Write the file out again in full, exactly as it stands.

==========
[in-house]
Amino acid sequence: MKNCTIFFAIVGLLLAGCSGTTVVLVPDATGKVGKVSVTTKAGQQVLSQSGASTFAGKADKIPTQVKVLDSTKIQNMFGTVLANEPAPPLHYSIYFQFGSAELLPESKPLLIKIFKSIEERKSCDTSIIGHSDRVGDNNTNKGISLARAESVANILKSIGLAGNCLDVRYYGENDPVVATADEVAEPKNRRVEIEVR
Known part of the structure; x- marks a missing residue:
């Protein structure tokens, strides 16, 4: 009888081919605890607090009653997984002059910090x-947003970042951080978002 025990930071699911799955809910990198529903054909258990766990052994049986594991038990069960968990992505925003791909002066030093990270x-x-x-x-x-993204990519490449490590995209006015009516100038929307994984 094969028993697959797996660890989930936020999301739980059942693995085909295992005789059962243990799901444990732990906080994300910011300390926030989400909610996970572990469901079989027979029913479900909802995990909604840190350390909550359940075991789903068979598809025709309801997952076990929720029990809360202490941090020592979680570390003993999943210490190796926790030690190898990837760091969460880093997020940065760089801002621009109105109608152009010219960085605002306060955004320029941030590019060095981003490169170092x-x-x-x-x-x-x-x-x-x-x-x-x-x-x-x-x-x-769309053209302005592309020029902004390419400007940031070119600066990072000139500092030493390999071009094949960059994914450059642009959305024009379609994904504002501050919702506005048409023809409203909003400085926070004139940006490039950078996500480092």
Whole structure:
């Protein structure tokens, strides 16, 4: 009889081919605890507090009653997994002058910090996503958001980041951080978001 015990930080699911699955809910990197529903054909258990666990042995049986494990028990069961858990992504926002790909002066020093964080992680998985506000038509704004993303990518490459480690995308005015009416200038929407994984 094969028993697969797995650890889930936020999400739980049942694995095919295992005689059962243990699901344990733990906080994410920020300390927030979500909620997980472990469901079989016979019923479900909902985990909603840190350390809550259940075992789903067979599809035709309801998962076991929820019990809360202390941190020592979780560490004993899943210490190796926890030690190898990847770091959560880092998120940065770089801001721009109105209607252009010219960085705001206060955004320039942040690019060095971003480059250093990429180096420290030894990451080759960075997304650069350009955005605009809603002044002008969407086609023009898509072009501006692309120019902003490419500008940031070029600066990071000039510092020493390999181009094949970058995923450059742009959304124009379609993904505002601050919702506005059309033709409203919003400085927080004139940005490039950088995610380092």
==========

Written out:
[in-house]
Amino acid sequence: MKNCTIFFAIVGLLLAGCSGTTVVLVPDATGKVGKVSVTTKAGQQVLSQSGASTFAGKADKIPTQVKVLDSTKIQNMFGTVLANEPAPPLHYSIYFQFGSAELLPESKPLLIKIFKSIEERKSCDTSIIGHSDRVGDNNTNKGISLARAESVANILKSIGLAGNCLDVRYYGENDPVVATADEVAEPKNRRVEIEVR
Known part of the structure; x- marks a missing residue:
């Protein structure tokens, strides 16, 4: 009888081919605890607090009653997984002059910090x-947003970042951080978002 025990930071699911799955809910990198529903054909258990766990052994049986594991038990069960968990992505925003791909002066030093990270x-x-x-x-x-993204990519490449490590995209006015009516100038929307994984 094969028993697959797996660890989930936020999301739980059942693995085909295992005789059962243990799901444990732990906080994300910011300390926030989400909610996970572990469901079989027979029913479900909802995990909604840190350390909550359940075991789903068979598809025709309801997952076990929720029990809360202490941090020592979680570390003993999943210490190796926790030690190898990837760091969460880093997020940065760089801002621009109105109608152009010219960085605002306060955004320029941030590019060095981003490169170092x-x-x-x-x-x-x-x-x-x-x-x-x-x-x-x-x-x-769309053209302005592309020029902004390419400007940031070119600066990072000139500092030493390999071009094949960059994914450059642009959305024009379609994904504002501050919702506005048409023809409203909003400085926070004139940006490039950078996500480092």
Whole structure:
């Protein structure tokens, strides 16, 4: 009889081919605890507090009653997994002058910090996503958001980041951080978001 015990930080699911699955809910990197529903054909258990666990042995049986494990028990069961858990992504926002790909002066020093964080992680998985506000038509704004993303990518490459480690995308005015009416200038929407994984 094969028993697969797995650890889930936020999400739980049942694995095919295992005689059962243990699901344990733990906080994410920020300390927030979500909620997980472990469901079989016979019923479900909902985990909603840190350390809550259940075992789903067979599809035709309801998962076991929820019990809360202390941190020592979780560490004993899943210490190796926890030690190898990847770091959560880092998120940065770089801001721009109105209607252009010219960085705001206060955004320039942040690019060095971003480059250093990429180096420290030894990451080759960075997304650069350009955005605009809603002044002008969407086609023009898509072009501006692309120019902003490419500008940031070029600066990071000039510092020493390999181009094949970058995923450059742009959304124009379609993904505002601050919702506005059309033709409203919003400085927080004139940005490039950088995610380092």